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  • Kate 18:59 on 2018-07-17 Permalink | Reply  

    Not a lot of news value here, but the McCord museum says it has the support of photographers and historians in its search for larger digs. The question of the space they wanted, but which has since been promised for a public park, is mentioned in a noncommittal way, as is the museum’s wish for public support.

    We have a lot of historical museums here. There are two in Old Montreal barely a block apart, and there’s one over on St Helen’s Island, and there are a lot of smaller more specialized ones dotted around the place, from the tiny firemen’s museum that’s open once a week, to the surprise ancient farmhouse that stands where Point St Charles peters out south of Wellington. Do we need to put public money into giving the McCord new digs? Maybe we do. I don’t know.

     
    • Ephraim 19:22 on 2018-07-17 Permalink

      You forgot the museum at Hotel Dieu, only open for 4 hours a day from Wednesday to Sunday in the winter and for 7 hours a day from Tuesday to Friday and 4 hours a day on Saturday/Sunday in the summer.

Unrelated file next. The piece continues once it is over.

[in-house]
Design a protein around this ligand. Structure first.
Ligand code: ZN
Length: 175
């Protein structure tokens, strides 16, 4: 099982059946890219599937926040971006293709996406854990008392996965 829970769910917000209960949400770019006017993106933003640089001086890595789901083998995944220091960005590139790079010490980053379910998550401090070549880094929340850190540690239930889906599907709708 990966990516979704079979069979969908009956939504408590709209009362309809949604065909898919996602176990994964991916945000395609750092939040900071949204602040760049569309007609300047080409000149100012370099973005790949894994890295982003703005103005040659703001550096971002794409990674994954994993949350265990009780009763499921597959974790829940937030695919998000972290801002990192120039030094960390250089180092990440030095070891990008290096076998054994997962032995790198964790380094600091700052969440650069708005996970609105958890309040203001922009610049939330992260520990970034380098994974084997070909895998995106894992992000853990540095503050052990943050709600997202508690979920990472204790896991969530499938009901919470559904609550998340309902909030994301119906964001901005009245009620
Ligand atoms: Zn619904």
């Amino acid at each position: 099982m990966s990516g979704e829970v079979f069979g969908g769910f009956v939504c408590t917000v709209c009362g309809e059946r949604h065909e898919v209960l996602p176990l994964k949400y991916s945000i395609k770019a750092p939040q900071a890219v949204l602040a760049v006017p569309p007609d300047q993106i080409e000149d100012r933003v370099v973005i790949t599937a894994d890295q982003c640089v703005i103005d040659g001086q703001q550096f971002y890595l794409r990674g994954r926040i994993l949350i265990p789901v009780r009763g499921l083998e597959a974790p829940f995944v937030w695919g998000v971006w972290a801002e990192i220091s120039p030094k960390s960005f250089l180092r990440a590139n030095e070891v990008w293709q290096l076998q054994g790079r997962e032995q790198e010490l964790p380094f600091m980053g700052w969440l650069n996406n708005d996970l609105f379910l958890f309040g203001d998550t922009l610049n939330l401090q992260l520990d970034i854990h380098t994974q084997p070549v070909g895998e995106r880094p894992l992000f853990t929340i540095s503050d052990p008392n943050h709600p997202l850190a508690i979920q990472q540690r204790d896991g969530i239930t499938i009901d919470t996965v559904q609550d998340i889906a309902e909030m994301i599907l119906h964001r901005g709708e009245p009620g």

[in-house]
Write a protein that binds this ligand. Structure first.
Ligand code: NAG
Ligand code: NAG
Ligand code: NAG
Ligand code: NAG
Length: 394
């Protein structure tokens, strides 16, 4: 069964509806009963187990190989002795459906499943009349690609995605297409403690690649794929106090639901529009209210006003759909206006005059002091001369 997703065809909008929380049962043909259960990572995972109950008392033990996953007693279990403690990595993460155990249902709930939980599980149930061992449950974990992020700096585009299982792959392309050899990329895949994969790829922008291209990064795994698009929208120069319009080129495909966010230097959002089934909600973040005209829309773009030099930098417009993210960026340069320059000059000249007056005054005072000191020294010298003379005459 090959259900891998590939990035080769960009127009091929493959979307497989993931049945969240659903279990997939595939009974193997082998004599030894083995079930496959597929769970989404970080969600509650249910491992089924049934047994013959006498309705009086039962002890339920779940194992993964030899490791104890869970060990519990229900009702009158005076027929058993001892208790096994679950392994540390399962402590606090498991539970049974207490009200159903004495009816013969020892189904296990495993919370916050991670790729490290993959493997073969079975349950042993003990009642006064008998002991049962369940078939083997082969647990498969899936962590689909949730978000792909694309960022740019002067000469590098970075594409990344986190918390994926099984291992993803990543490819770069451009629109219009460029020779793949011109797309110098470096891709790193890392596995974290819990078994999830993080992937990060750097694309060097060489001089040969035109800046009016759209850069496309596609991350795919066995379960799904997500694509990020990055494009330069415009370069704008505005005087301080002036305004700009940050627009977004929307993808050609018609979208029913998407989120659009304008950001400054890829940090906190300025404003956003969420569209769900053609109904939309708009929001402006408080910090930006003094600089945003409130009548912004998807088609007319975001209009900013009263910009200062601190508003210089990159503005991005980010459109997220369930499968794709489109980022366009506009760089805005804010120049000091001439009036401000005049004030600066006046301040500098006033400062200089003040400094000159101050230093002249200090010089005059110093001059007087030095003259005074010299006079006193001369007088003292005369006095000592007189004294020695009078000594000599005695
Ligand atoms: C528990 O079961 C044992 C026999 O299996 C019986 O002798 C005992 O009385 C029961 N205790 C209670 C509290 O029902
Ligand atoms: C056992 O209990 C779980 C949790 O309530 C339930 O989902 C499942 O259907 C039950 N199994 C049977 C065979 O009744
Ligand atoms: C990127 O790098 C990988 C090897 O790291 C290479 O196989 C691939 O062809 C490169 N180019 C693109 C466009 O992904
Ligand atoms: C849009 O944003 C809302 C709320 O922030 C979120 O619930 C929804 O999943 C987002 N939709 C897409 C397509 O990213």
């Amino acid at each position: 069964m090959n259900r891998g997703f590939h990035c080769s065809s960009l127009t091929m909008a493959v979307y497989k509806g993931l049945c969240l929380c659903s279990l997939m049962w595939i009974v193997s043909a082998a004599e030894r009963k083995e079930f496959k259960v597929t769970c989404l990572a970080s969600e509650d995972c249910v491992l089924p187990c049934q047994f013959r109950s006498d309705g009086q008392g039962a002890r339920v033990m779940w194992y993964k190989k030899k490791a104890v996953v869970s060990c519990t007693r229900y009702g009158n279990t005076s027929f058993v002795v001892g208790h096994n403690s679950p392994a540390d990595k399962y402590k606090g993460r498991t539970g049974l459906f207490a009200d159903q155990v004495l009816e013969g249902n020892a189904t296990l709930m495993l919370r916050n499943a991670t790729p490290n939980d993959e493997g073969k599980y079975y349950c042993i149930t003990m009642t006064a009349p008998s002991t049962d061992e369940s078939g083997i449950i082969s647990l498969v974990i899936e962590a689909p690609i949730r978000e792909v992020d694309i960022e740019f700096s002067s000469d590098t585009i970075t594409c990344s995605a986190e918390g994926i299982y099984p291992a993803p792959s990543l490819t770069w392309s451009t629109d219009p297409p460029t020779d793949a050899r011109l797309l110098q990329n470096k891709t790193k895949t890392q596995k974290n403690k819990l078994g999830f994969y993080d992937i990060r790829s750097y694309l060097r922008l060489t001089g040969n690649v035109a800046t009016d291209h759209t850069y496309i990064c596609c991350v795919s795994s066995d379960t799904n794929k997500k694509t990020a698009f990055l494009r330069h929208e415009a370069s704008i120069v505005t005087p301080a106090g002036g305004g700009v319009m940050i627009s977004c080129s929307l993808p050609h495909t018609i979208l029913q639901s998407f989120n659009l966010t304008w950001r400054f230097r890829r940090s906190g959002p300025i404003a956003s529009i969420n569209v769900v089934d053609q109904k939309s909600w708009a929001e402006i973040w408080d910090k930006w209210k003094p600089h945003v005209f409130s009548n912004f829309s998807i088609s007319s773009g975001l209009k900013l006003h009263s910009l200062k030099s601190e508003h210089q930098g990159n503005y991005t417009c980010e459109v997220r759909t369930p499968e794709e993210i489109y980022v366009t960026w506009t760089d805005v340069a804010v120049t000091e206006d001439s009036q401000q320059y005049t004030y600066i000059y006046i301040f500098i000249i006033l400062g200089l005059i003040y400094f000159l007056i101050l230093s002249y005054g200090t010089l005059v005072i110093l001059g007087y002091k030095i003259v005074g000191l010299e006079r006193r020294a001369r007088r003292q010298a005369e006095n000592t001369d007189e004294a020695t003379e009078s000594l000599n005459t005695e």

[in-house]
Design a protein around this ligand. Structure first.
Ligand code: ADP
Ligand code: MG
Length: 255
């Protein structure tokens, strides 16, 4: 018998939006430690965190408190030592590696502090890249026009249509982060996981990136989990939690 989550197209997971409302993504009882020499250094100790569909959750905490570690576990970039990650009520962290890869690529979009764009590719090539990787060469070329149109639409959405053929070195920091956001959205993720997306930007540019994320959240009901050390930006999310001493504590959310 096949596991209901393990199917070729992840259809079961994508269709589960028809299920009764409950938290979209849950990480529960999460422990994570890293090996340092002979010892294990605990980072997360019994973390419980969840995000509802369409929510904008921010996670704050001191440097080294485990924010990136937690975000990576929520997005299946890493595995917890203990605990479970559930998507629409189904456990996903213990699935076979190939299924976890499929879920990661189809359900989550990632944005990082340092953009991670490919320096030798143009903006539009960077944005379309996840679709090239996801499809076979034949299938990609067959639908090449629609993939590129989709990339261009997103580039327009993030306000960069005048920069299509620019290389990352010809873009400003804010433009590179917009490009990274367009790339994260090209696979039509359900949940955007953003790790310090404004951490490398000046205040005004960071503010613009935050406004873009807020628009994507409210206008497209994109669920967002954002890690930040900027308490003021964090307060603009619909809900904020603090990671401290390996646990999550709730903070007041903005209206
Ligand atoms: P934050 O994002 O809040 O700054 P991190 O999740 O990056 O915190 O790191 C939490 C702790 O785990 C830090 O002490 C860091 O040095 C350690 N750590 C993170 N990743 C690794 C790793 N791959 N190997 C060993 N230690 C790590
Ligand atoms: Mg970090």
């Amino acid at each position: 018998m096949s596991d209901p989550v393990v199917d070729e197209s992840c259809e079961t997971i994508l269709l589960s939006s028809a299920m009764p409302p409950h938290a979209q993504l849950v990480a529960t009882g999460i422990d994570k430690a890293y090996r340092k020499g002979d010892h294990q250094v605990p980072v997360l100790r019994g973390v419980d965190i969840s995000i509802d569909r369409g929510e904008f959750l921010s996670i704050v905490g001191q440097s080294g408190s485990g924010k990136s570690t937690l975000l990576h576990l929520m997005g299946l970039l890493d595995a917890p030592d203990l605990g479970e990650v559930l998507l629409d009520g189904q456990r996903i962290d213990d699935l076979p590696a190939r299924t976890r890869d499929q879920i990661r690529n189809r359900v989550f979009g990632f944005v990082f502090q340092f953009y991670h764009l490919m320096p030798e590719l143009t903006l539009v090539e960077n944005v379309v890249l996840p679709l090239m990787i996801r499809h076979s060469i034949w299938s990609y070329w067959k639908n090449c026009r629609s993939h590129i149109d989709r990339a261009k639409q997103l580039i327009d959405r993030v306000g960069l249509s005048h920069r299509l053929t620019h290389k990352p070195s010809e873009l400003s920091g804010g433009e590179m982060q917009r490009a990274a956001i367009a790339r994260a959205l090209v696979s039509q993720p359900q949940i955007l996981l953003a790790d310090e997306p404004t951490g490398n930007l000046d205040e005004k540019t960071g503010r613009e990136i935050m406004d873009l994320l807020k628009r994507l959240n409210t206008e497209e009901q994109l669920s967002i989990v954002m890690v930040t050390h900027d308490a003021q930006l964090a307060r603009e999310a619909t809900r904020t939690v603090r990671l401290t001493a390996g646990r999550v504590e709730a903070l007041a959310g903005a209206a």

And the fireman’s museum is open for a whole 2.5 hours each Sunday!

    • Kate 20:23 on 2018-07-17 Permalink

      Ephraim, I’ve been in the Hotel Dieu museum twice, once just to look around and once before a visit to the gardens a couple of summers ago. When I visited the museum itself, a woman working there kept following me around – not, I think, from any concern I’d do damage, but just from excitement that they had a visitor. But I couldn’t relax and look at the exhibits with her hovering hoping I’d make a remark or ask a question, so I soon left.

      They have one hell of a nifty wooden staircase in there, though.

    • thomas 21:00 on 2018-07-17 Permalink

      How long does the McCord Museum expect the city to set aside property? It seems that in six years they have yet to make serious effort to raise the necessary funds.

      Also, while they do have a large collection a significant portion are photographic negatives and glass plates that can’t easily be displayed in a museum and more suited for their online collection.

    • Zeke 22:00 on 2018-07-17 Permalink

      Howdy!

      I for one would prefer that the money gets spit up among multiple small museums, rather than forcing mergers and making one get bigger and bigger.

    • Kate 06:39 on 2018-07-18 Permalink